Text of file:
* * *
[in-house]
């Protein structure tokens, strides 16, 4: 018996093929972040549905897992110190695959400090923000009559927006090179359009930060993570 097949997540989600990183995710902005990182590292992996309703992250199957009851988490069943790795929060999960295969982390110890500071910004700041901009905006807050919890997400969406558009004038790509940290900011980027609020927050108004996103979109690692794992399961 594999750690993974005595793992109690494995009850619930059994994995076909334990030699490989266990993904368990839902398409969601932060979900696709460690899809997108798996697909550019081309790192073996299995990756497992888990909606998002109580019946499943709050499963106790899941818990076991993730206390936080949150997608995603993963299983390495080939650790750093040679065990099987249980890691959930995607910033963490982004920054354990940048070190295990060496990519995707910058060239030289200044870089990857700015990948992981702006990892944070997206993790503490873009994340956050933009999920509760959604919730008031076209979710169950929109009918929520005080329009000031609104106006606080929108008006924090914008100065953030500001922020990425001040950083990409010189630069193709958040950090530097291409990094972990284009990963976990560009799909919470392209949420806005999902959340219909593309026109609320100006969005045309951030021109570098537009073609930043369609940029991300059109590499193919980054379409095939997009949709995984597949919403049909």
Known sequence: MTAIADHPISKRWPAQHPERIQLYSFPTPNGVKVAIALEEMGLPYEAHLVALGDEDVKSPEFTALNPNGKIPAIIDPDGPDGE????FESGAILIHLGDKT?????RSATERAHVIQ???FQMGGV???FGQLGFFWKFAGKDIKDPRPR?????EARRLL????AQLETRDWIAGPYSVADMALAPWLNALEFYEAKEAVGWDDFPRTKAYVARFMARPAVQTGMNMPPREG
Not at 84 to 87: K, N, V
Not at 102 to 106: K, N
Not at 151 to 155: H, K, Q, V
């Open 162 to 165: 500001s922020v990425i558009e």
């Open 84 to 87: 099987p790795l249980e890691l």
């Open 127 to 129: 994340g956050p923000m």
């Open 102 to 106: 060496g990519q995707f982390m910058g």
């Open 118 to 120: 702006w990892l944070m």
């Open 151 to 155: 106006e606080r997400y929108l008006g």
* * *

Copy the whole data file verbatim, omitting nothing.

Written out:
[in-house]
């Protein structure tokens, strides 16, 4: 018996093929972040549905897992110190695959400090923000009559927006090179359009930060993570 097949997540989600990183995710902005990182590292992996309703992250199957009851988490069943790795929060999960295969982390110890500071910004700041901009905006807050919890997400969406558009004038790509940290900011980027609020927050108004996103979109690692794992399961 594999750690993974005595793992109690494995009850619930059994994995076909334990030699490989266990993904368990839902398409969601932060979900696709460690899809997108798996697909550019081309790192073996299995990756497992888990909606998002109580019946499943709050499963106790899941818990076991993730206390936080949150997608995603993963299983390495080939650790750093040679065990099987249980890691959930995607910033963490982004920054354990940048070190295990060496990519995707910058060239030289200044870089990857700015990948992981702006990892944070997206993790503490873009994340956050933009999920509760959604919730008031076209979710169950929109009918929520005080329009000031609104106006606080929108008006924090914008100065953030500001922020990425001040950083990409010189630069193709958040950090530097291409990094972990284009990963976990560009799909919470392209949420806005999902959340219909593309026109609320100006969005045309951030021109570098537009073609930043369609940029991300059109590499193919980054379409095939997009949709995984597949919403049909």
Known sequence: MTAIADHPISKRWPAQHPERIQLYSFPTPNGVKVAIALEEMGLPYEAHLVALGDEDVKSPEFTALNPNGKIPAIIDPDGPDGE????FESGAILIHLGDKT?????RSATERAHVIQ???FQMGGV???FGQLGFFWKFAGKDIKDPRPR?????EARRLL????AQLETRDWIAGPYSVADMALAPWLNALEFYEAKEAVGWDDFPRTKAYVARFMARPAVQTGMNMPPREG
Not at 84 to 87: K, N, V
Not at 102 to 106: K, N
Not at 151 to 155: H, K, Q, V
């Open 162 to 165: 500001s922020v990425i558009e």
């Open 84 to 87: 099987p790795l249980e890691l």
């Open 127 to 129: 994340g956050p923000m």
């Open 102 to 106: 060496g990519q995707f982390m910058g």
């Open 118 to 120: 702006w990892l944070m």
């Open 151 to 155: 106006e606080r997400y929108l008006g």